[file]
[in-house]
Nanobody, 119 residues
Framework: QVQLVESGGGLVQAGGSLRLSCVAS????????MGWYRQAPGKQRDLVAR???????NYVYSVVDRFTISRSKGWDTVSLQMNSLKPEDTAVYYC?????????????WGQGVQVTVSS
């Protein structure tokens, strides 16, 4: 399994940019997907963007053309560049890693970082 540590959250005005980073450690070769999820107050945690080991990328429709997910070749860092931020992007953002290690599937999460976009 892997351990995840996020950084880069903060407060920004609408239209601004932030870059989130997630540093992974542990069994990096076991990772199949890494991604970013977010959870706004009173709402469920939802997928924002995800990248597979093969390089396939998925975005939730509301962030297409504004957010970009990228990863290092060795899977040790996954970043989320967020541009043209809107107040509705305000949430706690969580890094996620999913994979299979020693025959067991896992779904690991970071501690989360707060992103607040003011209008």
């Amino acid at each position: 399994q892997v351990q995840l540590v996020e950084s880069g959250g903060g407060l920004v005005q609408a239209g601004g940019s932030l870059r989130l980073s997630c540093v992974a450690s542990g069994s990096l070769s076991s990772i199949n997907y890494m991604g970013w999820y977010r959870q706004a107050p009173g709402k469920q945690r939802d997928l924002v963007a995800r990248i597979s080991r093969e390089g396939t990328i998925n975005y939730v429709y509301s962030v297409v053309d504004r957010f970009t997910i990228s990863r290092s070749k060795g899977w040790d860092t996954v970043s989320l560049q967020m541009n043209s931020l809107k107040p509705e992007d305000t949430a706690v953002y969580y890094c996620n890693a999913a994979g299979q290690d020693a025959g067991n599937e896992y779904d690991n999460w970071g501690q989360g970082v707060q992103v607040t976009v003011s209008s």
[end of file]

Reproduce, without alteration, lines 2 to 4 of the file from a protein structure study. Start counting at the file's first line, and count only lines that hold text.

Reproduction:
Nanobody, 119 residues
Framework: QVQLVESGGGLVQAGGSLRLSCVAS????????MGWYRQAPGKQRDLVAR???????NYVYSVVDRFTISRSKGWDTVSLQMNSLKPEDTAVYYC?????????????WGQGVQVTVSS
């Protein structure tokens, strides 16, 4: 399994940019997907963007053309560049890693970082 540590959250005005980073450690070769999820107050945690080991990328429709997910070749860092931020992007953002290690599937999460976009 892997351990995840996020950084880069903060407060920004609408239209601004932030870059989130997630540093992974542990069994990096076991990772199949890494991604970013977010959870706004009173709402469920939802997928924002995800990248597979093969390089396939998925975005939730509301962030297409504004957010970009990228990863290092060795899977040790996954970043989320967020541009043209809107107040509705305000949430706690969580890094996620999913994979299979020693025959067991896992779904690991970071501690989360707060992103607040003011209008």